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The Inter of Interactivity

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A child touches a touchscreen monitor
The Inter of Interactivity

In my playground of educational technology, when I speak of interactivity, I typically mean those activities that require the learner to actively engage with the content somehow. This might include something as complex as a virtual reality game, or something as simple as a "check yourself" quiz question after a reading or video. Anything that requires the student to take an action after encountering content qualifies when measuring interactivity.

That is, it qualifies if we're measuring interactivity in terms of digital engagement.

But this week, my understanding of the concept of interactivity was challenged. The inter portion of the word interactive can refer to the engagement between the student and the content as I typically intend. But leaving it at that misses another intention. Inter relates to an exchange or communication between people (Oxford Learner's Dictionary, n.d.). It's the same root of words like interact, interplay, and interview.

The reason this was a meaningful discovery for me is because it helped me connect two parts of the same goal. I almost exclusively work with asynchronously delivered content. I operate with the starting assumption that the student is encountering my lesson in isolation. I don't think of these activities in terms of communication, but rather as moments devoid of communication.

A student sits alone in a room with a laptop
Who's talking when we're learning alone?

I think I've been missing something important in these activities. The process of communication mirrors the process of learning when I think about it. When I create a digital learning game or other interactive module, I'm attempting to prompt the student to do four primary tasks:

  1. Take in new information;

  2. Distinguish cues to reinforce new concepts;

  3. Incorporate and build upon existing knowledge; and

  4. Confirm some degree of mastery of the new material.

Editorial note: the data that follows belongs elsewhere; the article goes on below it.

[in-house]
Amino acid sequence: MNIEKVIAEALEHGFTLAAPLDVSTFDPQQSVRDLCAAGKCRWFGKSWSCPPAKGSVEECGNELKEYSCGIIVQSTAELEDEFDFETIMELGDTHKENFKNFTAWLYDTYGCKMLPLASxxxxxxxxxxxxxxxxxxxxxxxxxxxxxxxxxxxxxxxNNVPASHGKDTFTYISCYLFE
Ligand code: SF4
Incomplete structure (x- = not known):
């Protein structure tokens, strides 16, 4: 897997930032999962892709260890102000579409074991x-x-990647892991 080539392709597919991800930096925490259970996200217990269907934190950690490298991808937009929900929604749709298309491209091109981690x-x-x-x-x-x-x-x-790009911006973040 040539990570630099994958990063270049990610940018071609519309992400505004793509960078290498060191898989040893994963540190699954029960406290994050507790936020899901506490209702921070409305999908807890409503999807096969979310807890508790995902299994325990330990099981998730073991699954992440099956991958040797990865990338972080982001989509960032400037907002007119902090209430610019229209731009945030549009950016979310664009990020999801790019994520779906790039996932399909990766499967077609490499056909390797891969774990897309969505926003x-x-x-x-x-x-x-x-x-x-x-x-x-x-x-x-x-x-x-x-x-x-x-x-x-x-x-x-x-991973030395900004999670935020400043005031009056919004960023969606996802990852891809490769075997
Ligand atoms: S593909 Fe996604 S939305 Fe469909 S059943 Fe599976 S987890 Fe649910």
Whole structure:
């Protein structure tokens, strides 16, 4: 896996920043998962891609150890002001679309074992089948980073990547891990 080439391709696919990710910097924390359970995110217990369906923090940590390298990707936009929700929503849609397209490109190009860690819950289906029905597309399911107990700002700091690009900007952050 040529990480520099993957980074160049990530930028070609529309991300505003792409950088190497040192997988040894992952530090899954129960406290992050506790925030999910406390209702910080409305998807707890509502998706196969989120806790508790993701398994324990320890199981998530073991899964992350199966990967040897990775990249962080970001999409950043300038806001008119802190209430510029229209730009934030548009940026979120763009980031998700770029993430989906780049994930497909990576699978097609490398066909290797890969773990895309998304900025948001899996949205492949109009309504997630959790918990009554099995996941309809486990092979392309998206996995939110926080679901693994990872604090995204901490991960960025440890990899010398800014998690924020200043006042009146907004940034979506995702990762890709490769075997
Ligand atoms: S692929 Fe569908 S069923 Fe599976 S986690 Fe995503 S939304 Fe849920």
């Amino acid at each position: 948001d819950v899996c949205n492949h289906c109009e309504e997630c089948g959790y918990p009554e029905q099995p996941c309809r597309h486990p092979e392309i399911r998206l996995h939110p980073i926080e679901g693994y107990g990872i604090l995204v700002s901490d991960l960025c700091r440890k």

I don't think of these as the same tasks that occur when we communicate with one another. But I probably should. Communicating about a new topic first requires us to encounter something we don't yet know. Someone shows or tells us something we don't know and, passively, we take in new information. If we stop there, for most of us, very little learning occurs. For learning to actually occur for the majority of us, we must engage in some way with the new information.

We must think about it, relate it to something we know, or ask for more information. This process triggers some kind of internal categorization of the new material. Typically, this connects the new information to something in our existing knowledge. For example, if we have only ever seen cats and then someone tells us about a dog and shows us a picture, we might instantly note the similarities of all the common traits with a cat, such as four legs, a tail, covered in hair or fur, etc. So, from then on, when we think of a dog, it's connected to our understanding of a cat.

A kitten and puppy beside each other
More of the same with a new name?

We also usually need to identify the differences, or the things that help us correctly classify this new information. In our conversations, we might explore how this new information conflicts with our existing knowledge, or how our current knowledge isn't sufficient to sort this into our current reality. We may need to extend current examples and metaphors to incorporate the new knowledge. And we typically end with some form of mutual acceptance of a new reality of shared knowledge.

When I think about interactive lessons, even in an asynchronous environment, I should take advantage of this natural flow of engagement by incorporating more opportunities for communication. Discussions are a common tool used in asynchronous courses to do this. But now with AI, I could incorporate a very human-like bot as a conversation partner that could enhance many activities.

This all makes me think about our overall goals for education. For me, I have a spiritual purpose that drives me to help others learn more, because I believe we each need the skills to comprehend this world in order to discover and then live out our God-designed calling. But even if I only consider the purpose of education from a secular worldview, we are creatures that naturally form communities to share our talents and skills. Education helps us learn how to engage with one another productively. And we do that by communicating and affecting one another. That is the definition of interactivity (Oxford Learner's Dictionary, n.d.). The more our lessons mirror their purpose and give our students opportunities to practice these skills, the more authentic and meaningful they will be.


Oxford Learner’s Dictionary. (n.d.). Interaction. Retrieved November 19, 2023, from


All images contained within this post are courtesy of Media from Wix.

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1 Comment

Nov 20, 2023

As always I enjoyed listening to this and brought back many memories of things I learned in undergrad when I majored in communication. Of course then A I was something not available. I am constantly amazed at people in so many situations who aren’t communicating. They appear to be listening and surely believe they are but what the person speaking and what the person listening are receiving are most often very different things. I know my one question in groups is often how do you define that information and it lets the speaker know or at least gives them the opportunity to see how they are being received.

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